This kind of thing

The focus of these videos is ultimately how to use Spotify to become one of those artists who continually land their music in editorial playlists with every release and receive tens of thousands, even millions of streams as people arrive at work and load up ‘Peaceful Piano’ or ’Soft Office’, or switch on ’Sweat It Out’ at the gym. The money, while not great per stream, will certainly add up if you have a couple of tracks sitting in a popular playlist.

Spotify for Artists has a portal through which you can submit new releases for playlist consideration. I always submit my tracks- replete with categorisation and biographical details – and hope that this time, just maybe, some editor will listen and say, ‘this is perfect – let’s add this to ‘Sweat It Out!’. But deep down I know already: I’m not one of the Shining People of Spotify and that this is just not going to happen (or is this article just me daring Spotify to add me for a laugh?).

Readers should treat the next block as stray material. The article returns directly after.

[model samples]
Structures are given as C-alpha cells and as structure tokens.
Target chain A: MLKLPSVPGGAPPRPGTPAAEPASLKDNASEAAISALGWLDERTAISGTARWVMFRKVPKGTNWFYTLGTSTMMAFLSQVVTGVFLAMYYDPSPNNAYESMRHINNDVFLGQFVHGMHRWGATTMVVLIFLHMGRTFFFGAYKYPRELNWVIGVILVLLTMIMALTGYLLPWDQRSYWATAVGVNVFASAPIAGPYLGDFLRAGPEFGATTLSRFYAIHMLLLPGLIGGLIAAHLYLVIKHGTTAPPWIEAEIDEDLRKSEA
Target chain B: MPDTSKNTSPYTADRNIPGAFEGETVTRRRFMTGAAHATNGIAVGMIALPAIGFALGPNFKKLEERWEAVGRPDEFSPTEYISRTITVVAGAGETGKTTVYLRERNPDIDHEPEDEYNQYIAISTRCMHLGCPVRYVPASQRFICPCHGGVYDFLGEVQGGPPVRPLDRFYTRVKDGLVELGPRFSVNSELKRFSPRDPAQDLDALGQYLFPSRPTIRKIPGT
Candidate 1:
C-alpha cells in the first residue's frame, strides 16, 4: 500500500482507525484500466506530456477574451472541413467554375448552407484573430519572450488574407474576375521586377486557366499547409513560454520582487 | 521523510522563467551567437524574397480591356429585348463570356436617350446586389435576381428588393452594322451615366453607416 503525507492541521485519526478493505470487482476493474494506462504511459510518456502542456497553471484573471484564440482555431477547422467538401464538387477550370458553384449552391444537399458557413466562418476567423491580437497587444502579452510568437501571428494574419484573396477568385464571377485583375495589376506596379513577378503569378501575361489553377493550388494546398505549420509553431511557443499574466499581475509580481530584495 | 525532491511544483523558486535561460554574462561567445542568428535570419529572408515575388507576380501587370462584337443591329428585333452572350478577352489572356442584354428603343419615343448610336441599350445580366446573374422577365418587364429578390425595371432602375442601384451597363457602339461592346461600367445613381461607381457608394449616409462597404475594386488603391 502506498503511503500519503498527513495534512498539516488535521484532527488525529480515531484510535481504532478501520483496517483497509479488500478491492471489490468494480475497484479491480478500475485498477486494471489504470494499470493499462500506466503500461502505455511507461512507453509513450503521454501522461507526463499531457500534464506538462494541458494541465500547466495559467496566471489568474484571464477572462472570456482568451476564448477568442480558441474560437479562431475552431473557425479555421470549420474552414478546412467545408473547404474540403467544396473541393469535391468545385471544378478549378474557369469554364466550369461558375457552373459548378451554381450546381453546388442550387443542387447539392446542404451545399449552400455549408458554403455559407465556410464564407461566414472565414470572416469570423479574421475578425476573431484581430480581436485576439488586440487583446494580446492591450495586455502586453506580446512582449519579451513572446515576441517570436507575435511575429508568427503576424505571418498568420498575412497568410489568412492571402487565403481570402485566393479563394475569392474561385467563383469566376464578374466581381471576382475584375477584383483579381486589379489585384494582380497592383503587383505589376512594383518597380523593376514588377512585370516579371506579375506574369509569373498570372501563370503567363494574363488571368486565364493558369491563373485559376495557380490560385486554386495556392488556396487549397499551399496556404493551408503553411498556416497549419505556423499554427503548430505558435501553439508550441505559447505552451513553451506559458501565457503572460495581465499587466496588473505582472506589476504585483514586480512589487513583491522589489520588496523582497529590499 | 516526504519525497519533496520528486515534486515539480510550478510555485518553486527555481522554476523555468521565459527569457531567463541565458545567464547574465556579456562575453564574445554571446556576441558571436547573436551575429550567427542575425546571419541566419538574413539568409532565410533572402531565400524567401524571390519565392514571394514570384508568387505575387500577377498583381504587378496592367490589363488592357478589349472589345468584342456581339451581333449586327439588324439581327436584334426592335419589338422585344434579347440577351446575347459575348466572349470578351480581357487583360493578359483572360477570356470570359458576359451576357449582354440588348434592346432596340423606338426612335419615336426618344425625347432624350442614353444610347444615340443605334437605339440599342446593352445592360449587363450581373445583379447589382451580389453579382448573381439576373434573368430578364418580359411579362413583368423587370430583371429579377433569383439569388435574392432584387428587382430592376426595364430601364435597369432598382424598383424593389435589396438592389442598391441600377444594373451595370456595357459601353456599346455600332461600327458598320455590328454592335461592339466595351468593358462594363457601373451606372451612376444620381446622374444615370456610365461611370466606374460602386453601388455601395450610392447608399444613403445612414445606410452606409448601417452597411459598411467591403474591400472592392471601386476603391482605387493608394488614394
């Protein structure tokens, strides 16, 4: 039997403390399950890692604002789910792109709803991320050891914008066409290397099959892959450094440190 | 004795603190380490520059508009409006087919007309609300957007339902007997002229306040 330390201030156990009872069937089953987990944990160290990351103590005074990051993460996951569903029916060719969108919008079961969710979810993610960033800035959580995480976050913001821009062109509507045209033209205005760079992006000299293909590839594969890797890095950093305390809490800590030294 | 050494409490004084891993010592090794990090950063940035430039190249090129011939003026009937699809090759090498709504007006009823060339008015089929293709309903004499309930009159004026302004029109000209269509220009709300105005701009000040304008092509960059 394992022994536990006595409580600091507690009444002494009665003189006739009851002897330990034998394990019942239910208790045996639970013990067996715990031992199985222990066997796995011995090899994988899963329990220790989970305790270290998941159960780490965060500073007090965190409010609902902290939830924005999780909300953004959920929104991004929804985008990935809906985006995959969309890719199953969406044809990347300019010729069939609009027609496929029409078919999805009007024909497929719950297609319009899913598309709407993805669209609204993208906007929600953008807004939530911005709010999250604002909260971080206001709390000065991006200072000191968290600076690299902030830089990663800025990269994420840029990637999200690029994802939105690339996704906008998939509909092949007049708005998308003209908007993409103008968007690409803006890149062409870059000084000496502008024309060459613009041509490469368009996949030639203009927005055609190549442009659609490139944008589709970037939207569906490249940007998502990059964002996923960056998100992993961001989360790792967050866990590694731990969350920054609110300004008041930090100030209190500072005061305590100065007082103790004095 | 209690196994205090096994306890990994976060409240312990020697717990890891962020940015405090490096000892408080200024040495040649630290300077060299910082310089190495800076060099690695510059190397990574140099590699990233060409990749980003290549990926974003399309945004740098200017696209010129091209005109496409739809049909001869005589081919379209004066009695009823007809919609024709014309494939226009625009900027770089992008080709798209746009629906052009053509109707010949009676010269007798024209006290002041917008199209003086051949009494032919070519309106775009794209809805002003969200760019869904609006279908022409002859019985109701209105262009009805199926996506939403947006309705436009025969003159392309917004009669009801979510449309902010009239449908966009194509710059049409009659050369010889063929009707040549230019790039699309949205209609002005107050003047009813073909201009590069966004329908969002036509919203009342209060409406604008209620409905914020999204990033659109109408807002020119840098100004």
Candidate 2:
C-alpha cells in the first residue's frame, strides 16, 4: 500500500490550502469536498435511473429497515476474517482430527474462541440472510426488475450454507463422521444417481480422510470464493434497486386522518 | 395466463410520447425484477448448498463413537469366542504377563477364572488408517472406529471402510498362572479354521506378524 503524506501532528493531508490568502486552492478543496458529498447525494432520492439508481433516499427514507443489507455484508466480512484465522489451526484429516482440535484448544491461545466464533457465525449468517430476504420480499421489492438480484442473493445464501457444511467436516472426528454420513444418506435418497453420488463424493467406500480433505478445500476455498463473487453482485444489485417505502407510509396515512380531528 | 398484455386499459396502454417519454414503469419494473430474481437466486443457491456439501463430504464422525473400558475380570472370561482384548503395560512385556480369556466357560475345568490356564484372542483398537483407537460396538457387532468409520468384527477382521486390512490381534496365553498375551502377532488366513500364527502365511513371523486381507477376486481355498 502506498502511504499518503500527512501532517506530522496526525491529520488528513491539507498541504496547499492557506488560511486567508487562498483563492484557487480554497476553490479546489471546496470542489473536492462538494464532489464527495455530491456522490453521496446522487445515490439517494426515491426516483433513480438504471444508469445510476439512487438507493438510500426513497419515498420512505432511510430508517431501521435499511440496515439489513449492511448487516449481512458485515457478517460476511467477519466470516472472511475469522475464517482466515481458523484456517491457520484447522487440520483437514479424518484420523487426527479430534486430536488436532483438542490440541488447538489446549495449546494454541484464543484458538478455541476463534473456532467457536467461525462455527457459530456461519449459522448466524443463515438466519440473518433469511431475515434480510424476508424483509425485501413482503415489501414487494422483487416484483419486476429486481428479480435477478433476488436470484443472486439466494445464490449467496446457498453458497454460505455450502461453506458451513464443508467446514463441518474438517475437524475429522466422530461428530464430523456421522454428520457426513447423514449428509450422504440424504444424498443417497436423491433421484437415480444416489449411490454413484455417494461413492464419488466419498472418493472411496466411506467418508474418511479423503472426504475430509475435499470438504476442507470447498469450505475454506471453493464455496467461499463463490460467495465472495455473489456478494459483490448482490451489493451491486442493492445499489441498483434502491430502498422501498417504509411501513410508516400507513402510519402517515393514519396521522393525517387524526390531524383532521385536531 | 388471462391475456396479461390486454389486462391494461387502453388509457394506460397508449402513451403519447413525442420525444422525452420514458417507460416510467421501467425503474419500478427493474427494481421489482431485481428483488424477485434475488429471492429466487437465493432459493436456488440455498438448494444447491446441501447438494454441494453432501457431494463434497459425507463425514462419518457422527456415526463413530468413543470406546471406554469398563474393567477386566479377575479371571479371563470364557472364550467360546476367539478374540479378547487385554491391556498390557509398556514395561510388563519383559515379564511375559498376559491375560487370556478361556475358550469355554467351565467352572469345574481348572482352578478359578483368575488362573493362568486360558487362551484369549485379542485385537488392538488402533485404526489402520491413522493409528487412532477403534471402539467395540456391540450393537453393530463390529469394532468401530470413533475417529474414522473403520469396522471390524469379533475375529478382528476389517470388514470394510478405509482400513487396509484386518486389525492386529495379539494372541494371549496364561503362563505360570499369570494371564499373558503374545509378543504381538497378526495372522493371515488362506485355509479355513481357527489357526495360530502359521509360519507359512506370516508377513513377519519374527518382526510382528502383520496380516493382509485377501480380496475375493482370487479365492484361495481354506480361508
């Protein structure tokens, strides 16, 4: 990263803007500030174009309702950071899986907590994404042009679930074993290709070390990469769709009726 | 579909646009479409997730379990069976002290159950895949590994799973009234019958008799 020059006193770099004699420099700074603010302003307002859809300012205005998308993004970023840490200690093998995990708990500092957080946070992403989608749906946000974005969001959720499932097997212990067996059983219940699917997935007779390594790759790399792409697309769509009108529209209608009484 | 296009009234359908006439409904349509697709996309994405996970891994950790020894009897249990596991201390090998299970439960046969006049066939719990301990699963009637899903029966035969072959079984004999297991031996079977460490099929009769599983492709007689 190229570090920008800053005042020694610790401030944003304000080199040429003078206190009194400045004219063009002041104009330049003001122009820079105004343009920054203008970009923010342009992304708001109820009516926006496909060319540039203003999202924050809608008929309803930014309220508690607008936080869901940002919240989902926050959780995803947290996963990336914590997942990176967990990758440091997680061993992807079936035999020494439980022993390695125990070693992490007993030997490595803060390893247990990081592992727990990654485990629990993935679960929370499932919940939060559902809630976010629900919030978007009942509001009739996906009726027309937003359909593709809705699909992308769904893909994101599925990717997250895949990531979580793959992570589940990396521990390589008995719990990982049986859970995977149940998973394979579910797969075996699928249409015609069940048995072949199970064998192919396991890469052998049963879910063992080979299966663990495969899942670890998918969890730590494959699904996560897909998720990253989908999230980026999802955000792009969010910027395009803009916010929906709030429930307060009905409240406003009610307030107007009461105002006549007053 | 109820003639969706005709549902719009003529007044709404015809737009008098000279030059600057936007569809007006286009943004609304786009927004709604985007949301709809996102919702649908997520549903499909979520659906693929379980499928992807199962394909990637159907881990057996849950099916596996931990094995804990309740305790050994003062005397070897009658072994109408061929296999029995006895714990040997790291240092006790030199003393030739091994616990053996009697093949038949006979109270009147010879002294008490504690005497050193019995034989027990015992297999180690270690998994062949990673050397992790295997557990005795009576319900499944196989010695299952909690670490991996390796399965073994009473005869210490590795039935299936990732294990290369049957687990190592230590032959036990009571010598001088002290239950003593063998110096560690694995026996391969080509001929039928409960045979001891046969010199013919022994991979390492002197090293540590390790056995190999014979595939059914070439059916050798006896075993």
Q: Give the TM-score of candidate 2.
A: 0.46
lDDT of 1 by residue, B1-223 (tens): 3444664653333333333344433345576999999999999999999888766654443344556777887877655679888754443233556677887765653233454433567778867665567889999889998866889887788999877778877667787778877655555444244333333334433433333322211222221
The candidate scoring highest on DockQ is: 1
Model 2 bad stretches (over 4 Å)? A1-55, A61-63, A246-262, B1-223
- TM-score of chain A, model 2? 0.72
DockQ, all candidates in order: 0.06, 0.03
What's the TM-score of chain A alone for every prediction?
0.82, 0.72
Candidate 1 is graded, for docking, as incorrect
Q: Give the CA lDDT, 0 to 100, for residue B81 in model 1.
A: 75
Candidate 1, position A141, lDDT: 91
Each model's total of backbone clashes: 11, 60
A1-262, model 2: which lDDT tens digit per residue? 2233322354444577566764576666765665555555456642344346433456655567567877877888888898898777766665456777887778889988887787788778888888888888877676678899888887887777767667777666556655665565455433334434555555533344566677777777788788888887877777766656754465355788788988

Recently I really thought about it all again. How it would actually feel to be one of the people on those sofas, handpicked by Spotify to tell other artists that if you just do x and y, things will take off? That you just have to- I don’t know- ‘have a story’ or ‘find ways to connect with your fans beyond just the music’? I’m sure once you’re in that position yourself it probably does feel as simple as that. From the top of the ladder it’s much harder to see the rungs.

I also thought about what it’d be like to have music featured in high performing official playlists, getting 500,000 streams a month per track- roughly £1600 per track to be divided between you and your label. (Crucially, these sort of streaming figures are almost impossible to achieve unless Spotify is giving you playlist support.) What would that do to your brain?